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Changes in psychiatric patients' thoughts about quitting smoking during a smoke-free hospitalization.

  • Author(s): Shmueli, Dikla
  • Fletcher, Lindsay
  • Hall, Stephen E
  • Hall, Sharon M
  • Prochaska, Judith J
  • et al.
Abstract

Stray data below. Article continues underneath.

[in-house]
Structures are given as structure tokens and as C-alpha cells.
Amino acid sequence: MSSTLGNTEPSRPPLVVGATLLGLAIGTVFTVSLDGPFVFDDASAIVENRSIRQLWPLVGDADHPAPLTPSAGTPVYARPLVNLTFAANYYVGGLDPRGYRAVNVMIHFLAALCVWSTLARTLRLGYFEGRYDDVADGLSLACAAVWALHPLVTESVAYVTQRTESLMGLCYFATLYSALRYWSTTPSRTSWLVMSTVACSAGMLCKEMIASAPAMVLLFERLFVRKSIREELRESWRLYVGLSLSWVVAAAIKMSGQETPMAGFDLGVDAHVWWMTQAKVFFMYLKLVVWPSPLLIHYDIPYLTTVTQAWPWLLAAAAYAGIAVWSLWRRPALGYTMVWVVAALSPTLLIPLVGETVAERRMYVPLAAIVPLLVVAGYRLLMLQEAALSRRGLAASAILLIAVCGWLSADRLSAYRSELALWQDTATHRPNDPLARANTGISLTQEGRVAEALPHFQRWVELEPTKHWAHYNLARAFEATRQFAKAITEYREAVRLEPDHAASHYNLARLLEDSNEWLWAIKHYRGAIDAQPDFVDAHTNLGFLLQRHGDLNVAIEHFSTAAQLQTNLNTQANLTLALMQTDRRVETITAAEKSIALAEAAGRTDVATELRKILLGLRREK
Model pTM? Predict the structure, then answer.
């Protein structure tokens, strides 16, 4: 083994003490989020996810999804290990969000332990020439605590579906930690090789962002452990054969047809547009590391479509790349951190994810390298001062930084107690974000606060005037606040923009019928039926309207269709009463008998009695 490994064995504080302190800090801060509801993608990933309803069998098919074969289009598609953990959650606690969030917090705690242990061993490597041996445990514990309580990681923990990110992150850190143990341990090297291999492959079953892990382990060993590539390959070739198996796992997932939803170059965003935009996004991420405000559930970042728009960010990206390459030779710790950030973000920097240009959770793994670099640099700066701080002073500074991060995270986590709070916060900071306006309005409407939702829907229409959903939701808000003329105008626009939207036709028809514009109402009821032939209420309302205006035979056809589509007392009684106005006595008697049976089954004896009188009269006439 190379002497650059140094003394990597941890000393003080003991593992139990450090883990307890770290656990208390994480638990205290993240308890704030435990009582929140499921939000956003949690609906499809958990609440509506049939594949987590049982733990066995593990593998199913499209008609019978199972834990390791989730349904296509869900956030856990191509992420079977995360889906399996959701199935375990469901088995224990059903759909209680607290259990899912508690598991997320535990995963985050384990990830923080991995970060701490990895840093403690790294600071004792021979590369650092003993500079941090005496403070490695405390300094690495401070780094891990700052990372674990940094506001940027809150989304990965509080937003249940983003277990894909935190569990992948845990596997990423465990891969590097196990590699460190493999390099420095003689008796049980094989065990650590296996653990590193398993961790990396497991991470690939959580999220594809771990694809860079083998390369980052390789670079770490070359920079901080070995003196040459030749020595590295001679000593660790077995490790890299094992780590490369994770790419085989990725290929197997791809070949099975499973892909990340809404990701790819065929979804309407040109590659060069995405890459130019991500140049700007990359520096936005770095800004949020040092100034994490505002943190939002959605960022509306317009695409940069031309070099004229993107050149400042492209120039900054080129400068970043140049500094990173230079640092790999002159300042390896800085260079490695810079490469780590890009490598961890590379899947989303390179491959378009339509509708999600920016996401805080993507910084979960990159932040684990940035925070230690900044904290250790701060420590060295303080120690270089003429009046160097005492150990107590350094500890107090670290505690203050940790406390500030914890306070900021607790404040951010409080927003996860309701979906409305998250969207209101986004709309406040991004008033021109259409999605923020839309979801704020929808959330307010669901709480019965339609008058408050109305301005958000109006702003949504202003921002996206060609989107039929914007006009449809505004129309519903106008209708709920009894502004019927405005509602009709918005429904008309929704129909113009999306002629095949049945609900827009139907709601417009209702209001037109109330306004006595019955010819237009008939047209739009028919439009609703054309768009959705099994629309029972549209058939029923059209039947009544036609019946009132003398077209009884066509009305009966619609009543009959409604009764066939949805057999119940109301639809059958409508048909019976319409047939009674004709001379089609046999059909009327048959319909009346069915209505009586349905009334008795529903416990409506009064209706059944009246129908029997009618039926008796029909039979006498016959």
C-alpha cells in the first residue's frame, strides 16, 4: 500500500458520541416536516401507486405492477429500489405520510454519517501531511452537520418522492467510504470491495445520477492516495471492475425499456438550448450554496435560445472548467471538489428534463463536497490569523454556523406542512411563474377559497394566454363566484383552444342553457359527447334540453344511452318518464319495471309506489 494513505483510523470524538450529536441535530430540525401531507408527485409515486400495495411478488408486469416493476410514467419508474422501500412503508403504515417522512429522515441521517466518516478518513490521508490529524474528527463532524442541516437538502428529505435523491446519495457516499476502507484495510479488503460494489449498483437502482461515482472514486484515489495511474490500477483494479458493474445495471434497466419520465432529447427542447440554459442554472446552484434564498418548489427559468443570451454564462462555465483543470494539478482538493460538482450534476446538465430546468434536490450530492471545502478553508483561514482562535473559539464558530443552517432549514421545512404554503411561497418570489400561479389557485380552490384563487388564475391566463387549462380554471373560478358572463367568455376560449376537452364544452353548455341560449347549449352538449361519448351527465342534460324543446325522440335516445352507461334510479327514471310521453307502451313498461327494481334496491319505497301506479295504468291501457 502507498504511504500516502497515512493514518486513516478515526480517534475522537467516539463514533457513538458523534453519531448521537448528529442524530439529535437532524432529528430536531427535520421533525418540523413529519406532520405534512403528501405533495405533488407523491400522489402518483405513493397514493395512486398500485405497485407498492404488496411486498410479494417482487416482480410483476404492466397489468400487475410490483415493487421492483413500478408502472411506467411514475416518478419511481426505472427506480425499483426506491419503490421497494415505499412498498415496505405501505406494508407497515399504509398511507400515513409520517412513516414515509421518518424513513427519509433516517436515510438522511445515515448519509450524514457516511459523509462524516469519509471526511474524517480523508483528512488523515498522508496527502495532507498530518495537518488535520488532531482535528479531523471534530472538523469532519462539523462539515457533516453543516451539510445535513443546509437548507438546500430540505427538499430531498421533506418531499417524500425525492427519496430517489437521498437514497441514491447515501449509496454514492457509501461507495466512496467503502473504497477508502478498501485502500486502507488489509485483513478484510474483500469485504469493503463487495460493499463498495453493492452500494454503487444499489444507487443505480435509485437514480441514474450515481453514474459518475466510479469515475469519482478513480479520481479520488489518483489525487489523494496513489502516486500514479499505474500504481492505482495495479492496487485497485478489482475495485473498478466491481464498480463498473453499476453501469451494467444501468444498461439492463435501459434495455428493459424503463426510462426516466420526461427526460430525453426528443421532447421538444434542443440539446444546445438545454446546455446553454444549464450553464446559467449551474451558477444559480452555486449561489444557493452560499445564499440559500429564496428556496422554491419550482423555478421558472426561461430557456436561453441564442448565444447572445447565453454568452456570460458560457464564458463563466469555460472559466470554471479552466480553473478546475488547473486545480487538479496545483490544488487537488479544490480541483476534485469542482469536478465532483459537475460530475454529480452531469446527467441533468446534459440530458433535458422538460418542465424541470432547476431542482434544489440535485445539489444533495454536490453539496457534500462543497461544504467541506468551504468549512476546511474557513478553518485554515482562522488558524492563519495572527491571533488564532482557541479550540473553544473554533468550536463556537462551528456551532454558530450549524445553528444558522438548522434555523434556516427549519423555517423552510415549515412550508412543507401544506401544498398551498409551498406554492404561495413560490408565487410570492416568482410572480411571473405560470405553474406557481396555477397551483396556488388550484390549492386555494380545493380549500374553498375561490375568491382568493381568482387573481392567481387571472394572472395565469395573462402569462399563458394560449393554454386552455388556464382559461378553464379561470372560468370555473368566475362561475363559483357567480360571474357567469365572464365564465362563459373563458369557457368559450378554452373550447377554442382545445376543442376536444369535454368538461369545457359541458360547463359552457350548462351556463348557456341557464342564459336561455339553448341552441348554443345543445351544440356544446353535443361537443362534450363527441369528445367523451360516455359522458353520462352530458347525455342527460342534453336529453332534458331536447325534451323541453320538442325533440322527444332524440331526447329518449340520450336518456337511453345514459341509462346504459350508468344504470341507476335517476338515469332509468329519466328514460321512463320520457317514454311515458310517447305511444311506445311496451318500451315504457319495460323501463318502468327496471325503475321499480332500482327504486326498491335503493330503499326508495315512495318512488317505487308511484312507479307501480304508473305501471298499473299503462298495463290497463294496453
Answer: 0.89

Though exempted from national bans of tobacco smoking in hospitals, some psychiatric facilities have voluntarily gone 100% smoke free with little reported difficulty in clinical management. The impact of smoking restrictions on psychiatric patients' thoughts about quitting smoking, however, is not known. This study investigates changes in thoughts about quitting smoking for patients hospitalized in a smoke-free psychiatric inpatient facility. Participants were 100 smokers recruited from a university-based adult inpatient psychiatry unit. The present study focused on participants' reported desire to quit smoking, their expectancy of success and anticipated difficulty with quitting, and their smoking abstinence goal. Assessments were conducted at hospital intake and shortly before hospital discharge. Follow-up assessments were conducted by phone at 1 week, 1 month, and 3 months post-hospitalization to measure smoking behavior. Although no cessation treatment was provided in this observational study, from admission to discharge, participants reported an increased expectancy of success with quitting and a decreased expectancy of difficulty with staying quit. They also were more likely to endorse a smoking-related goal. Psychiatric diagnosis was not related to thoughts about abstinence. Furthermore, participants' thoughts about abstinence at discharge were significantly related to their subsequent smoking behavior. Hospitalization in a smoke-free environment is associated with increases in patients' expectancies about quitting and staying smoke free.

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